News

Mar 18, 2015

Need to counter myth that religions lead to global conflicts


Need to counter myth that religions lead to global conflicts – Bishop of Limerick Brendan Leahy states at Three Faiths Forum

Please click the following link to view Bishop Leahy on RTE news , It’s 16mins 14secs into the bulletin.

http://www.rte.ie/player/ie/show/10388630/.

Religious leaders need to stand side by side in showing how religion can provide a lead in resolving conflict, Bishop of Limerick Brendan Leahy stated at Three Faiths Forum gathering in the Mansion House tonight.

Speaking at the event titled ‘Religions and Global Conflict’, Bishop Leahy said that while religion has been in some cases “hijacked” by forces intent only on personal profit of one kind or another, it is not the cause of conflicts.

“A superficial reading of religions and global conflict bring some to view religions as only a negative influence in our world. I know and acknowledge that there can be what the American professor Scott Appleby describes as the ‘ambivalence of the Sacred’. There are deviant forms of religion.  It does happen that religions find themselves taken up into conflict issues of identity, in many cases hijacked by forces intent only on personal profit of one kind or another.

“When aligned to various political currents that promote a logic of enmity, religions can become vehicles of mutual exclusion through the absolutizing of some of their texts or institutions.”

Bishop Leahy said that the 1986 Assisi meeting of religions for peace, which he attended, was an example of how various faiths can come together in the name of peace.  However, today we need to be careful not to fall into the myth, born often out of a Western ideological stance, that religions are generally sources of the conflicts of civilisation.

“Religion is not usually the sole or even primary cause of conflict.  In short, while religions are not the causes of conflict they have a very valuable role to play in the transformation of conflict.

“Think close to home and the names of Alec Reid, Harold Good, Ken Newell, Edward Daly and Ruth Patterson spring to mind.  Men who took on key leadership roles within their own communities in the way that leadership works best; inspiring others entrenched in hatred and enmity to forgive and heal.

“Today’s global conflicts are serious but the causes are to be found not in religions but in other dynamics. Last year when visiting a military memorial in Italy on the occasion of the 100th anniversary of the outbreak of the first world war, Pope Francis commented that ‘even today, after the second failure of another world war, perhaps one can speak of a third [world] war, one fought piecemeal, with crimes, massacres, destruction...’.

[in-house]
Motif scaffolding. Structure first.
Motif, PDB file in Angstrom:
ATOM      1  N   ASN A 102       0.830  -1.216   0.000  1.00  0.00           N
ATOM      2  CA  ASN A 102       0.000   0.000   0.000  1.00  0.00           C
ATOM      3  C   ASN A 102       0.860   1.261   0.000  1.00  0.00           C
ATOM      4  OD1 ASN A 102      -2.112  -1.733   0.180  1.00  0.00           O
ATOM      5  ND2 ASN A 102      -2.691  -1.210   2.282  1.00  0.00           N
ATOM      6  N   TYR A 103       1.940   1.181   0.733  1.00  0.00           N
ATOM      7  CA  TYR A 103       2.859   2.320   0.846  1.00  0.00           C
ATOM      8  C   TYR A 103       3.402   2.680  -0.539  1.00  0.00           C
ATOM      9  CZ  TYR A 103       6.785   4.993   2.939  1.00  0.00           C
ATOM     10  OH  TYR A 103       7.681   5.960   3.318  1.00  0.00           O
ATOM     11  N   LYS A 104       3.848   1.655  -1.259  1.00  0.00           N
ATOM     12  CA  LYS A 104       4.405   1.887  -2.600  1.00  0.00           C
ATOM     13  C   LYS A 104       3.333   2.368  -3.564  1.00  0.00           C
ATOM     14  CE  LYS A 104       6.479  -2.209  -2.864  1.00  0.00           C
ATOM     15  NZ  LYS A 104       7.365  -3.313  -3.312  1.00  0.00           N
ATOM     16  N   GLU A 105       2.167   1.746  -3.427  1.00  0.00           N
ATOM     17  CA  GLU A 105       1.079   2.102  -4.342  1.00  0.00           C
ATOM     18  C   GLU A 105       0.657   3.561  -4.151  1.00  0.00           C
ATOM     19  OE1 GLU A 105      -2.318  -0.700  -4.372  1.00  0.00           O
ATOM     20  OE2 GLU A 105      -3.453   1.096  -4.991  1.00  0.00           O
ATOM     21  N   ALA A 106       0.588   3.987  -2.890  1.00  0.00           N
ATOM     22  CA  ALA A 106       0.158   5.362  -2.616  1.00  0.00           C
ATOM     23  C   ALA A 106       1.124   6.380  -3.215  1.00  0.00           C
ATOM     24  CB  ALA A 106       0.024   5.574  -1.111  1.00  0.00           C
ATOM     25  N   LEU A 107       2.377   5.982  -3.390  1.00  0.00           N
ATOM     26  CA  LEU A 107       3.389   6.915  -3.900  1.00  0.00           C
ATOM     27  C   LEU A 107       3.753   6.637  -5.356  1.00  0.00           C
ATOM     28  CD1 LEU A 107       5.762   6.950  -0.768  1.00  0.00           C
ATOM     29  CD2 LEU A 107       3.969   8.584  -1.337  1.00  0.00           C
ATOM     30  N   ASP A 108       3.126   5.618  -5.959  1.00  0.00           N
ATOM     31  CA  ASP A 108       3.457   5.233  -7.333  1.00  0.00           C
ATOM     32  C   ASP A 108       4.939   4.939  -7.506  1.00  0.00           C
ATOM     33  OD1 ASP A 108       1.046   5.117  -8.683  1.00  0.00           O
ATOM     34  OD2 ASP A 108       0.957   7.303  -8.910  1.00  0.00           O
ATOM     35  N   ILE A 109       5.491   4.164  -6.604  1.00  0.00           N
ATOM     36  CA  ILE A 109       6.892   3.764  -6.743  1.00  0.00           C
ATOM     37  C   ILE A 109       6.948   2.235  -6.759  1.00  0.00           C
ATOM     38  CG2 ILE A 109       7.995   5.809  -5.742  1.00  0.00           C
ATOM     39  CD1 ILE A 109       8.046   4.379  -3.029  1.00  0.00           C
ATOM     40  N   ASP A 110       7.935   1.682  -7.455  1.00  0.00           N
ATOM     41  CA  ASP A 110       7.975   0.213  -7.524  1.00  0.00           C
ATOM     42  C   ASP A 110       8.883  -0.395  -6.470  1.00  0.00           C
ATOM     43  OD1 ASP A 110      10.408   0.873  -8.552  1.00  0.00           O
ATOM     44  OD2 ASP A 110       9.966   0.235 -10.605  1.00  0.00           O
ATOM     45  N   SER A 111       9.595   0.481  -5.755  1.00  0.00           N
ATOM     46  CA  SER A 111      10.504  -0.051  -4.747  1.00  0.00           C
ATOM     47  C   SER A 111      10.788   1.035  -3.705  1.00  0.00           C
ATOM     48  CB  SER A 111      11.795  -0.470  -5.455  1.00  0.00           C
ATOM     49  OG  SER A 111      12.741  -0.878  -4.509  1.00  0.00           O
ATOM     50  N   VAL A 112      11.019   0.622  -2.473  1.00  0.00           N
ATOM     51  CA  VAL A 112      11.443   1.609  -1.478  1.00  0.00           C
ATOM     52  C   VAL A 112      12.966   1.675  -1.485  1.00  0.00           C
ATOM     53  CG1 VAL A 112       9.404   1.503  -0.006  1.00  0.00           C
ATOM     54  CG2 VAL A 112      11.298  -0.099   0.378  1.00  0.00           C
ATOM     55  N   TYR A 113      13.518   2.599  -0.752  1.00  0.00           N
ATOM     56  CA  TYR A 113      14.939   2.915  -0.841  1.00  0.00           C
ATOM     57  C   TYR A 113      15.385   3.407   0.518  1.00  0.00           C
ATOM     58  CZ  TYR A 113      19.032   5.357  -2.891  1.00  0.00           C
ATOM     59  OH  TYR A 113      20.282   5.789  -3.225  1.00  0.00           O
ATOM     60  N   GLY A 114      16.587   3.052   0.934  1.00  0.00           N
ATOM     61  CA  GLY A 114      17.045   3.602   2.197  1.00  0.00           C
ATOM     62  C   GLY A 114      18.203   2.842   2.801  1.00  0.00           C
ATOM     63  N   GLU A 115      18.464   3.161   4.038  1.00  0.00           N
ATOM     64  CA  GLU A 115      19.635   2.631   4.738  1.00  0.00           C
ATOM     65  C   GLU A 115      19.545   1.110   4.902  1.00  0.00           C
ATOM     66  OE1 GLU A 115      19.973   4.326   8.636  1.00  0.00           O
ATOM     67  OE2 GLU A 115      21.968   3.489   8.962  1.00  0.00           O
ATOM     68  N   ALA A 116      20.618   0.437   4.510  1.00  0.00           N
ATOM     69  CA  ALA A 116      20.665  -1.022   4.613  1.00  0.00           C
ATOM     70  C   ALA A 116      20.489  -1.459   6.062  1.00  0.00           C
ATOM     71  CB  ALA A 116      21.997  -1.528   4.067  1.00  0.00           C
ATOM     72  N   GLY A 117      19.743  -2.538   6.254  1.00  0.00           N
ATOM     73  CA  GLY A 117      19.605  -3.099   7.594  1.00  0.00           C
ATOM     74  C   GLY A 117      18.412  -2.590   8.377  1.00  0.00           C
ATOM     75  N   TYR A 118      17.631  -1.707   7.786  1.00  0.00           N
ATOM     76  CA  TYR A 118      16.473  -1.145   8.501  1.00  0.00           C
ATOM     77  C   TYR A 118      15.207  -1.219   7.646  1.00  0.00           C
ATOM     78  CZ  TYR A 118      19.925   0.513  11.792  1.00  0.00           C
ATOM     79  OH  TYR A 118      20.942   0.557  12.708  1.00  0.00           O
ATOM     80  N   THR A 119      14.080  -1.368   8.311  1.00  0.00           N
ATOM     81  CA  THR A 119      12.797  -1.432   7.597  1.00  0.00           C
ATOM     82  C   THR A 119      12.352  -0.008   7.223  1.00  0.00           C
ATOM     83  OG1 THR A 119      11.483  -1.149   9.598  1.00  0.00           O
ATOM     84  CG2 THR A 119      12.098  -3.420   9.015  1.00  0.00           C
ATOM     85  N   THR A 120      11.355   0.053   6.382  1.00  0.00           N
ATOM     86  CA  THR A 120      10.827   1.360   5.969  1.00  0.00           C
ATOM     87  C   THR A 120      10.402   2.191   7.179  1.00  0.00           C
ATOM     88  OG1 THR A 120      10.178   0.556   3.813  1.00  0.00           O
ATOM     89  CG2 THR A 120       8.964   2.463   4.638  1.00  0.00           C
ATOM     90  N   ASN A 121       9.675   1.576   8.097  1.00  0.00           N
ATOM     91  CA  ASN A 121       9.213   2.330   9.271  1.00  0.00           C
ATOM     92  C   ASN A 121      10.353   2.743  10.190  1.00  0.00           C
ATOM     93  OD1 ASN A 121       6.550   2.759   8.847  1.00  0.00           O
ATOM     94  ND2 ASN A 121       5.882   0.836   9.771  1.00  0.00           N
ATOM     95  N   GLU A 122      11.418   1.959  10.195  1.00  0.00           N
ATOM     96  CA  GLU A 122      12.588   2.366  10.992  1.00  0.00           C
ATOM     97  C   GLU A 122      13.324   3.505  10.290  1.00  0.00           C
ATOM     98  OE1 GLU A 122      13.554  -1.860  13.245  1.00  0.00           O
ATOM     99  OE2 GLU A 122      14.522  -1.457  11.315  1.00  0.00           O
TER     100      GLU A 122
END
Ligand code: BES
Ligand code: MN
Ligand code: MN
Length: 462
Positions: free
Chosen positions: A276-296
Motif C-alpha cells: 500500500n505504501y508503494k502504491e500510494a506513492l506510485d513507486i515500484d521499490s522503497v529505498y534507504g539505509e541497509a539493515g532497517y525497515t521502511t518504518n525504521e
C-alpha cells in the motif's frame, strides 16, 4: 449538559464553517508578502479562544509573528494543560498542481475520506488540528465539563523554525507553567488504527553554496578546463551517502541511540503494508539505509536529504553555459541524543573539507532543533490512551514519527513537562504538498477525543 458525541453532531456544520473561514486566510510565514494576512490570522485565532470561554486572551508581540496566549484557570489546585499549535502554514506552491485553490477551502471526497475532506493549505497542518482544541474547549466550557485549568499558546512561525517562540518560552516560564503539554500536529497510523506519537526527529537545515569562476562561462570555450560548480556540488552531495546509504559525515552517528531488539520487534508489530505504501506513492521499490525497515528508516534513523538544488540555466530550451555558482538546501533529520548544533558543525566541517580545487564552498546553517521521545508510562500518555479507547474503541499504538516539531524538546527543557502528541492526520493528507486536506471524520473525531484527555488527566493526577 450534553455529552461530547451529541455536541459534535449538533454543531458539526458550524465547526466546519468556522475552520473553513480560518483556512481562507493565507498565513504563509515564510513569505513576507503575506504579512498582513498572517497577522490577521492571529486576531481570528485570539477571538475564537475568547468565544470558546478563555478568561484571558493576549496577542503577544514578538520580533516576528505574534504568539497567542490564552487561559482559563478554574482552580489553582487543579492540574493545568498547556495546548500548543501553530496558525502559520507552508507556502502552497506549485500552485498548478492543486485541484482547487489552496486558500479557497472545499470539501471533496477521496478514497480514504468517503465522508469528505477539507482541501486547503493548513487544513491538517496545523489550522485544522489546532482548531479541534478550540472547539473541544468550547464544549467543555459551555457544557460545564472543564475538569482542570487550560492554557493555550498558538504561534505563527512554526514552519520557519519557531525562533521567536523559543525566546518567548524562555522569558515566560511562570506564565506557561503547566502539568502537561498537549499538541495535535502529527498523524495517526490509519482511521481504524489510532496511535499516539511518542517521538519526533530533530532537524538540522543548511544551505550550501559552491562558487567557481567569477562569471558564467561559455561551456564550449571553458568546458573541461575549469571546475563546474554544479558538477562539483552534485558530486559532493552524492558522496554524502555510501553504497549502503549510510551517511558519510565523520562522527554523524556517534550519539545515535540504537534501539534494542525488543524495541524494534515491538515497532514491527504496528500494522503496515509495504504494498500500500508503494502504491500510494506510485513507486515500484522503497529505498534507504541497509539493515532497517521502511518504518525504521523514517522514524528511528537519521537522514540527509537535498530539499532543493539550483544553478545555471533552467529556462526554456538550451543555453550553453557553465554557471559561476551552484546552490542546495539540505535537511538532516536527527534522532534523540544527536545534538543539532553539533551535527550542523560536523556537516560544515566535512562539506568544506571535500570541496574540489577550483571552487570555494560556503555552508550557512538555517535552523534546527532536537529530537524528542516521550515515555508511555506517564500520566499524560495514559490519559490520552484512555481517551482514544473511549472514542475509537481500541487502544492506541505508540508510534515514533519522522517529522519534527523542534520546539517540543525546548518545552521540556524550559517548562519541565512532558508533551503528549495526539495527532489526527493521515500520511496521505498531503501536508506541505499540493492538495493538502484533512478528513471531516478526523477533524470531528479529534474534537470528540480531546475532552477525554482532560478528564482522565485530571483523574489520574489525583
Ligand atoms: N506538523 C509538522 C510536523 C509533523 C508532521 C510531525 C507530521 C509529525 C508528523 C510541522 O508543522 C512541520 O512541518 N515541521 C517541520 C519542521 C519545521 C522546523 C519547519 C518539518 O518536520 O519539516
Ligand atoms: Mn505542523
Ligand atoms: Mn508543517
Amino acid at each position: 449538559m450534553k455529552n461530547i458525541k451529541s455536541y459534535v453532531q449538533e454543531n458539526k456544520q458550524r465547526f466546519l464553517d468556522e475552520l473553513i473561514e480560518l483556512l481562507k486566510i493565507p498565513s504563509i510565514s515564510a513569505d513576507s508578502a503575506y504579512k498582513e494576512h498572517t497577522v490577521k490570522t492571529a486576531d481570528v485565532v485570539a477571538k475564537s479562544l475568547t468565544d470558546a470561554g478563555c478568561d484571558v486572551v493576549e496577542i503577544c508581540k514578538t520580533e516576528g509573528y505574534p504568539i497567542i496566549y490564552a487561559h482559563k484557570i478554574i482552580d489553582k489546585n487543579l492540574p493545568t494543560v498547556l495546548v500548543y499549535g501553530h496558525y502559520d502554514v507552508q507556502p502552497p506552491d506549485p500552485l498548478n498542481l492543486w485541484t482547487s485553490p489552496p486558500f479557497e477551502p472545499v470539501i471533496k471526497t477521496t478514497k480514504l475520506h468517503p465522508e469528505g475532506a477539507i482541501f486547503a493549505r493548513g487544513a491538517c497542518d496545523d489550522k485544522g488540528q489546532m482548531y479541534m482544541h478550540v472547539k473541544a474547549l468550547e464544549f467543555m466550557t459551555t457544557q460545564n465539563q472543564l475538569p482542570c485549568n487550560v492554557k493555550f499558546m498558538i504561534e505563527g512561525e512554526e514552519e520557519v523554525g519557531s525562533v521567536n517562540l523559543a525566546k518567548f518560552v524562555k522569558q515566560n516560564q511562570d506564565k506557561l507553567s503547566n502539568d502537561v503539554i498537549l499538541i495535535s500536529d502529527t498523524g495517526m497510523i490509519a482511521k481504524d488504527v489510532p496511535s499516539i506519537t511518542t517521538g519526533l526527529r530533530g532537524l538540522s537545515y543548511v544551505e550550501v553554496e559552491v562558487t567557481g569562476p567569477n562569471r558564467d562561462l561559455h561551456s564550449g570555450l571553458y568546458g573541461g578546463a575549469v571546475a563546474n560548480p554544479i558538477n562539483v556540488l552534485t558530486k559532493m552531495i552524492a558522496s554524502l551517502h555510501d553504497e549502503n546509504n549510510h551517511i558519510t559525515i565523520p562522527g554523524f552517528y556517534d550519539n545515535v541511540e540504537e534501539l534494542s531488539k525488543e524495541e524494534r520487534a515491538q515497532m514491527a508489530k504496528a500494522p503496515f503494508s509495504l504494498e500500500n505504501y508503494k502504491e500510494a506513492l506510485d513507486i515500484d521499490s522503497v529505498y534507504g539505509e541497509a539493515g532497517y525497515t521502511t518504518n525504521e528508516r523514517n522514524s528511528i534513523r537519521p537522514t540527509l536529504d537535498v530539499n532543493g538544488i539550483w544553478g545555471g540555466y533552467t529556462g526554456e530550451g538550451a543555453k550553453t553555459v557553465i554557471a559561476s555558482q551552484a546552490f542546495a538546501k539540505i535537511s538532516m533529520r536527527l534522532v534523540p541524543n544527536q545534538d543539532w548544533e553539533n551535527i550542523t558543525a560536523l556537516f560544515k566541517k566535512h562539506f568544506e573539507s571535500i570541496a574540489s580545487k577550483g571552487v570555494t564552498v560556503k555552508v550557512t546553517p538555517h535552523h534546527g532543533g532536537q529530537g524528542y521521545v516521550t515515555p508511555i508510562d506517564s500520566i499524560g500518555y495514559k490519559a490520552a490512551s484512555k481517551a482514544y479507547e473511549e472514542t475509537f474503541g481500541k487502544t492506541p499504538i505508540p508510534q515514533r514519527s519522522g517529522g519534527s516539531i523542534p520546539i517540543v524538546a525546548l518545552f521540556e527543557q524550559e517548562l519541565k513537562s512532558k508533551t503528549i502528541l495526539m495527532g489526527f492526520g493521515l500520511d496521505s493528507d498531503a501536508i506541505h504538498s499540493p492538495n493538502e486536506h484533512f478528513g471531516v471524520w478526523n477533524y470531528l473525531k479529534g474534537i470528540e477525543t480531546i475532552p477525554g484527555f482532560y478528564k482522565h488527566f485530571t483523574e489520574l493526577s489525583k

“This is happening, he said, because in today’s world, behind the scenes, there are interests, geopolitical strategies, lust for money and power, and there is the manufacture and sale of arms. But it also happening because there is a terrible globalization of indifference to these causes of many of today’s conflict.”

Ultimately, he said, the light of the Golden Rule ‘do unto others what you would like them do unto you’ is found in some version or another in many religions and needs to be the starting-point for all to work from.   “If we want to move forward from global conflict to global peace, our world, especially in the West, needs to experience a shift from a culture of indifference to an active promotion of the globalization of fraternity.

“This is where religious communities come in. We need to commit ourselves to highlighting the points to do with fraternity at the interpersonal level that our religions’ texts and traditions contain. There is much in each of our religions to do with love, respect, compassion and justice. Characteristics which are core to our religions and yet hardly characteristics that could be sources of conflict.  They are also characteristics that give rise to healing and transformation.

“What I am proposing this evening is that religious leaders need to counter the myth that religions lead to global conflicts. We need to highlight how much our religions talk about fraternity. We need to stand side by side, spiritually and visibly in doing this. We also need to remind each other that the way of fraternity is not always easy. Religions teach the significance of perseverance in seeking peace. We need to know how to “forgive” if we want to promote peace.”